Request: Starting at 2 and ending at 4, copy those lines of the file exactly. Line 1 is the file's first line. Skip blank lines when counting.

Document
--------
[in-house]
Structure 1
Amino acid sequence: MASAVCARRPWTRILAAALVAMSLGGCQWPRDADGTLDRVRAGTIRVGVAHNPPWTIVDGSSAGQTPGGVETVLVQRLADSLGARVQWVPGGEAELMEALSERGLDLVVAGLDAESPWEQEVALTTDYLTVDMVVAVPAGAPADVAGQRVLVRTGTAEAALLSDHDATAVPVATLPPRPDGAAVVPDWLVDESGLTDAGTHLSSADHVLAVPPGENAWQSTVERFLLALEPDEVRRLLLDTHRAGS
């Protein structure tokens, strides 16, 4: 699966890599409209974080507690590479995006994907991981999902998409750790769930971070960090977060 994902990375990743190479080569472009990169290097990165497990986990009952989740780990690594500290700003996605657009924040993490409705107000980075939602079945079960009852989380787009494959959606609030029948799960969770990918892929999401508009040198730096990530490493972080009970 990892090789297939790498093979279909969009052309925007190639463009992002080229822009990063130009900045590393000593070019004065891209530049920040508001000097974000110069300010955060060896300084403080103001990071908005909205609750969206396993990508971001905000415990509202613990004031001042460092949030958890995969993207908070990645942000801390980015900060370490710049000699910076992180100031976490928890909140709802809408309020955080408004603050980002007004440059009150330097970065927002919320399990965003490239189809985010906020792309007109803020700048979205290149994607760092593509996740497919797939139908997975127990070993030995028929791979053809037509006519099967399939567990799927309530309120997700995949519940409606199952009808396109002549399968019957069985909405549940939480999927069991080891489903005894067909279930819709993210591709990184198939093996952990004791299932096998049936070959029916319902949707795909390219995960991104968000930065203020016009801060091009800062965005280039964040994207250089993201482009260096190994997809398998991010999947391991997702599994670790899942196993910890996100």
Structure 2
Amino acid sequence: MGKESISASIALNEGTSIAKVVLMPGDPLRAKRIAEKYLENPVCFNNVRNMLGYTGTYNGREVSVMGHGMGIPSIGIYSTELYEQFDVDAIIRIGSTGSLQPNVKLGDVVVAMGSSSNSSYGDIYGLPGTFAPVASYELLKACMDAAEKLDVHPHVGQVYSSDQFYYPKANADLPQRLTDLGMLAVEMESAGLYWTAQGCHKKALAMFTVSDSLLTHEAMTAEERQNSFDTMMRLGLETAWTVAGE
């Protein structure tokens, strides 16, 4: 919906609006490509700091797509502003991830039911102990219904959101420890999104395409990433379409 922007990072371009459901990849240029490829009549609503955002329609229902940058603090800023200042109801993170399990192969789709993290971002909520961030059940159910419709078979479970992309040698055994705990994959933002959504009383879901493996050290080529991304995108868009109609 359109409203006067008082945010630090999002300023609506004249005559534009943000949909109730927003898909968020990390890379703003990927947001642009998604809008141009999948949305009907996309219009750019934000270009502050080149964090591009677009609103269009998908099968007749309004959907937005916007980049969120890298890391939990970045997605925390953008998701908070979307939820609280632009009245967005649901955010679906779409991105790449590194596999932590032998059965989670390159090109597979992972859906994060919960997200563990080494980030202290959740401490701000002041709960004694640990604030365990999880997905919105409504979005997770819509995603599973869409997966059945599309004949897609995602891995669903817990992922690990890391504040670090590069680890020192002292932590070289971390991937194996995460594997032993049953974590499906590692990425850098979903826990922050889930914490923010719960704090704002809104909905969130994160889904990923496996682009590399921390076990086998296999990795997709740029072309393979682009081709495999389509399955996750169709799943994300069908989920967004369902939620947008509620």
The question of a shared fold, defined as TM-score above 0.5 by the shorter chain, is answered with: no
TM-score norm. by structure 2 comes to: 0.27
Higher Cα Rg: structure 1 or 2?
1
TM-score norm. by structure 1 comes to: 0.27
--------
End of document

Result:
Structure 1
Amino acid sequence: MASAVCARRPWTRILAAALVAMSLGGCQWPRDADGTLDRVRAGTIRVGVAHNPPWTIVDGSSAGQTPGGVETVLVQRLADSLGARVQWVPGGEAELMEALSERGLDLVVAGLDAESPWEQEVALTTDYLTVDMVVAVPAGAPADVAGQRVLVRTGTAEAALLSDHDATAVPVATLPPRPDGAAVVPDWLVDESGLTDAGTHLSSADHVLAVPPGENAWQSTVERFLLALEPDEVRRLLLDTHRAGS
């Protein structure tokens, strides 16, 4: 699966890599409209974080507690590479995006994907991981999902998409750790769930971070960090977060 994902990375990743190479080569472009990169290097990165497990986990009952989740780990690594500290700003996605657009924040993490409705107000980075939602079945079960009852989380787009494959959606609030029948799960969770990918892929999401508009040198730096990530490493972080009970 990892090789297939790498093979279909969009052309925007190639463009992002080229822009990063130009900045590393000593070019004065891209530049920040508001000097974000110069300010955060060896300084403080103001990071908005909205609750969206396993990508971001905000415990509202613990004031001042460092949030958890995969993207908070990645942000801390980015900060370490710049000699910076992180100031976490928890909140709802809408309020955080408004603050980002007004440059009150330097970065927002919320399990965003490239189809985010906020792309007109803020700048979205290149994607760092593509996740497919797939139908997975127990070993030995028929791979053809037509006519099967399939567990799927309530309120997700995949519940409606199952009808396109002549399968019957069985909405549940939480999927069991080891489903005894067909279930819709993210591709990184198939093996952990004791299932096998049936070959029916319902949707795909390219995960991104968000930065203020016009801060091009800062965005280039964040994207250089993201482009260096190994997809398998991010999947391991997702599994670790899942196993910890996100």